The oldest known example of cancer has been found in the foot bone of an early human dating back about 1.7 million years. The discovery was made along with evidence of the oldest tumour in the vertebrae of a child. The finds, from two sites in South Africa, challenge the established theory that cancer is a disease caused by modern life. They predate by far the earliest previous evidence of cancer - a tumour discovered in the rib of a Neanderthal from about 120,000 years ago.
Our studies show the origins of these diseases occurred in our ancient relatives millions of years before modern industrial societies existed.
Researcher Edward Odes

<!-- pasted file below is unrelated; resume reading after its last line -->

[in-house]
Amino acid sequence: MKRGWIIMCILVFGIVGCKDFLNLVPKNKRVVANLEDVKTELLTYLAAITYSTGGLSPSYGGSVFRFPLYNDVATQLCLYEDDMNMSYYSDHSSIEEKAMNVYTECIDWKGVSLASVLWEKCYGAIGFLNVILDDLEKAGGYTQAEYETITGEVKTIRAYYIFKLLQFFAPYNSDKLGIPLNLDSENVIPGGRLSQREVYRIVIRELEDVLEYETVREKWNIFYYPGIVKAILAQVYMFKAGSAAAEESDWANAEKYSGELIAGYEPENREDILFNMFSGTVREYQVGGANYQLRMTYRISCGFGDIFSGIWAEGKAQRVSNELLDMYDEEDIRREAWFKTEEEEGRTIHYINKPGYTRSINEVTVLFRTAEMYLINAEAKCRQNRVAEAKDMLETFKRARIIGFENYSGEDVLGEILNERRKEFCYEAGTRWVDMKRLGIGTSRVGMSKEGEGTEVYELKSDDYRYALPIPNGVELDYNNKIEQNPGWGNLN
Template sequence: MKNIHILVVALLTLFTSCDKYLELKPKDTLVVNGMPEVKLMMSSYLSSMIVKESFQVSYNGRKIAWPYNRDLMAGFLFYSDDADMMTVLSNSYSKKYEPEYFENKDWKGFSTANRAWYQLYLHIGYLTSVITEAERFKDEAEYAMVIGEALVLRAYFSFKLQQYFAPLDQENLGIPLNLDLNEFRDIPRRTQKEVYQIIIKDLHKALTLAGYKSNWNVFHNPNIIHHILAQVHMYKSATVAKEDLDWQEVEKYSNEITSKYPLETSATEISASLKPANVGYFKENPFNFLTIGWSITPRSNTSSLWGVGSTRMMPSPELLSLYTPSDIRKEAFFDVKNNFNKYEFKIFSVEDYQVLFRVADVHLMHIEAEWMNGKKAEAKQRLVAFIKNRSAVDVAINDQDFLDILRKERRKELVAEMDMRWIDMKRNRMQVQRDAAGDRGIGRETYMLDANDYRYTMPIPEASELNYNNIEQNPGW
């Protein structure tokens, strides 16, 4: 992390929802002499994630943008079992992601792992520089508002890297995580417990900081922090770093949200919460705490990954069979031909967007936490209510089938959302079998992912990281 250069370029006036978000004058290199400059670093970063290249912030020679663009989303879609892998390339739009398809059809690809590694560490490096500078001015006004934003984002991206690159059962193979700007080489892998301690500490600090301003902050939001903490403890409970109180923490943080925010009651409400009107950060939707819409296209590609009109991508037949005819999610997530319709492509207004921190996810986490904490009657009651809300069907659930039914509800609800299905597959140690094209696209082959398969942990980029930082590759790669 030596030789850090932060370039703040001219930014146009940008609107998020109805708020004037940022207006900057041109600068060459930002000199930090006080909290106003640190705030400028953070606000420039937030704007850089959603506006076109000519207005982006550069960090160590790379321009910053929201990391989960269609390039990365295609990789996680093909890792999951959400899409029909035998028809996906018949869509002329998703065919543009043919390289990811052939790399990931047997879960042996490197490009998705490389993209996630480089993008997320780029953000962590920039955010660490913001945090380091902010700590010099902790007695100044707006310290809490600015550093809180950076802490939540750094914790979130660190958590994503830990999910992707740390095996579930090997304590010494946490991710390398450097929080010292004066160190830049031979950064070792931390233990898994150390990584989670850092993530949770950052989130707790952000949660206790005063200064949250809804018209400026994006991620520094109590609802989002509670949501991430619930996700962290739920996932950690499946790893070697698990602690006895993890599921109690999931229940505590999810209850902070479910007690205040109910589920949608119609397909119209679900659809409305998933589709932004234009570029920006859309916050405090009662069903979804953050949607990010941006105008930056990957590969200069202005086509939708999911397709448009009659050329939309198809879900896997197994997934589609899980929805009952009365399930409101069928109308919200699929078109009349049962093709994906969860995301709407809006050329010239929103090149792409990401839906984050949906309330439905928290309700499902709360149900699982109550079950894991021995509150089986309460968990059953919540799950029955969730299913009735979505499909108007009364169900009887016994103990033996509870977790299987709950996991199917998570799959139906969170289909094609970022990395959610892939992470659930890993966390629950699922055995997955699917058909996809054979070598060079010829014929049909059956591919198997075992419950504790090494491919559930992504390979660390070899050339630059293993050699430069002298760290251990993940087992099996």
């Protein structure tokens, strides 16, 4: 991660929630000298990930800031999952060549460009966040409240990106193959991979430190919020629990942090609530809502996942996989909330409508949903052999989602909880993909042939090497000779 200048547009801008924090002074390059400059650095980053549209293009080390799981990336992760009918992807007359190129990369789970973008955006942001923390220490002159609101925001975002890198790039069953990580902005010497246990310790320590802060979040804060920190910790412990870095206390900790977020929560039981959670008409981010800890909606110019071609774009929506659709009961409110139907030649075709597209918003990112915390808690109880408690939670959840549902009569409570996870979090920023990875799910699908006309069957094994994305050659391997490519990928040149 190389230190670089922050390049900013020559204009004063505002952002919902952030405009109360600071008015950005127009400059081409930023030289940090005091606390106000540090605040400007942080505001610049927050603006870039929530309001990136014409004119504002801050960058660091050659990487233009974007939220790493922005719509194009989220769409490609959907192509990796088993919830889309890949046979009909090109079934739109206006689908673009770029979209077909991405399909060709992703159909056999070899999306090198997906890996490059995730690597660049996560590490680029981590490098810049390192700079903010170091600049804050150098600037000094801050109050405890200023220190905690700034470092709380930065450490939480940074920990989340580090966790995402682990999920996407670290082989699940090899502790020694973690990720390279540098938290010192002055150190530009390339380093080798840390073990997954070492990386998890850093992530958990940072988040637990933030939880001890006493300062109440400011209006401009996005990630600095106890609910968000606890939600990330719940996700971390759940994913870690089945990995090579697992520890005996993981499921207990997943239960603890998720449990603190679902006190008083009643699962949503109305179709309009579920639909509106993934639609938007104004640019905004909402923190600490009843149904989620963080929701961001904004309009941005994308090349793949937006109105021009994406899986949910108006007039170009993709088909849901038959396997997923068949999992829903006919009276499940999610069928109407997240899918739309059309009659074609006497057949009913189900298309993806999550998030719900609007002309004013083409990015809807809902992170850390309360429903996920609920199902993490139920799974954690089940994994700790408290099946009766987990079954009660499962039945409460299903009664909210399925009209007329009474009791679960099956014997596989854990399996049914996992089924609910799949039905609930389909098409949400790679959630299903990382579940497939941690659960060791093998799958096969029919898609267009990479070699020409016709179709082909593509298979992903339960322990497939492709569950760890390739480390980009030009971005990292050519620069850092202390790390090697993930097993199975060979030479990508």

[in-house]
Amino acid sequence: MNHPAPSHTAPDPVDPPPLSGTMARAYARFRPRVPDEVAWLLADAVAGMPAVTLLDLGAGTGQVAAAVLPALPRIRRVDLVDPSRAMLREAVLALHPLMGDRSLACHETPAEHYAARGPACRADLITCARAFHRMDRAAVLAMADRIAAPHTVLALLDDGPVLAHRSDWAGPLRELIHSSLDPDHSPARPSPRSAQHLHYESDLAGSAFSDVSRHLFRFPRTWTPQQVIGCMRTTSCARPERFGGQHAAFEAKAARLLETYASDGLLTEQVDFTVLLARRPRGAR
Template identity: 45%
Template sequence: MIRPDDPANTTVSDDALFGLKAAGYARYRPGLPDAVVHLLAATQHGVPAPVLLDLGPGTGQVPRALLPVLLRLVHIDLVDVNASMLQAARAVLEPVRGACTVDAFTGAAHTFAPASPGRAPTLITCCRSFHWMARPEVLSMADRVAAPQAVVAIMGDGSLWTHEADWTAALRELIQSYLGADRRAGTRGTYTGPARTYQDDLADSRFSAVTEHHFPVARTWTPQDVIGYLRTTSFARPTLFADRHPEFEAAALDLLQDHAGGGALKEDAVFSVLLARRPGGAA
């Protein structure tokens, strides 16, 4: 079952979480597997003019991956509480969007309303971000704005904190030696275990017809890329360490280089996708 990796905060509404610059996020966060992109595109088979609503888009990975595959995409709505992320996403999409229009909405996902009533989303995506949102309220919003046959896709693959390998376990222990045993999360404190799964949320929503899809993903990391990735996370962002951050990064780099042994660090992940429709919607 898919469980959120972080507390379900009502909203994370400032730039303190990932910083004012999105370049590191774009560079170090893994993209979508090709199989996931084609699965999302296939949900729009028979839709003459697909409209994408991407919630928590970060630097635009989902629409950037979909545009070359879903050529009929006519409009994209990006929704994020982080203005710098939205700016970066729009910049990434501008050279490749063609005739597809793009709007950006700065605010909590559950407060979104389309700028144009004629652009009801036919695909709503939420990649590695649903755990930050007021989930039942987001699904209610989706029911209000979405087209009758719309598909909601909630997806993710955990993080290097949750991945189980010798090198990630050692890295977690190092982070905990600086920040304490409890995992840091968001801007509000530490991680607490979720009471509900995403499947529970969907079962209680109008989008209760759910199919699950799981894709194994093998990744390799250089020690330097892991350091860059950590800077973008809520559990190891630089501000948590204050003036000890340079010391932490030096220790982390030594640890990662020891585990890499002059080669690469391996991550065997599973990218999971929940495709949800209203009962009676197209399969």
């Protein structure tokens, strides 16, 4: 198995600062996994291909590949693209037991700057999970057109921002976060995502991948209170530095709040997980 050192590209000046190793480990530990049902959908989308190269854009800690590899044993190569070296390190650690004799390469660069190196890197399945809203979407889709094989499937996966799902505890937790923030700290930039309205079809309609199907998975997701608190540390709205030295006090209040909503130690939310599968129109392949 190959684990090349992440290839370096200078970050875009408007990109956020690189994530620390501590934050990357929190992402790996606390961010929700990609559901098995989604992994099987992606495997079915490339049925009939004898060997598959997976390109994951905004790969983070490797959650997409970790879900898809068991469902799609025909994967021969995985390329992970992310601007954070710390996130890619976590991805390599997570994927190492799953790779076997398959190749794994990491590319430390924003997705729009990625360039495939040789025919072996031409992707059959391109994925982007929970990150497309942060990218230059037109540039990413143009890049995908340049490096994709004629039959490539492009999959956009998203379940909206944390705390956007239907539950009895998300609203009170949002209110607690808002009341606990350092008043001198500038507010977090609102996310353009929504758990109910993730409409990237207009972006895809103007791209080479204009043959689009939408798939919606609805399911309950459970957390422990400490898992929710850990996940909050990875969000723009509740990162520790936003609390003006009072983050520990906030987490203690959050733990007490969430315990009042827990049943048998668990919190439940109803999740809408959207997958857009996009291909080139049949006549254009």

The discoveries were made from by a team from South Africa and including researchers from the University of Central Lancashire in Britain. Researcher Dr Bernhard Zipfel, an expert on the foot and movement of human relatives, said: “Due to its preservation, we don’t know whether the single cancerous foot bone belongs to an adult or child, nor whether the cancer caused the death of this individual. But we can tell this would have affected the individual’s ability to walk or run - in short, it would have been painful.” On the child vertebrae find, lead author Dr Patrick Randolph-Quinney, from UCLan, said: “This, in fact, is the first evidence of such a disease in a young individual in the whole of the fossil human record.”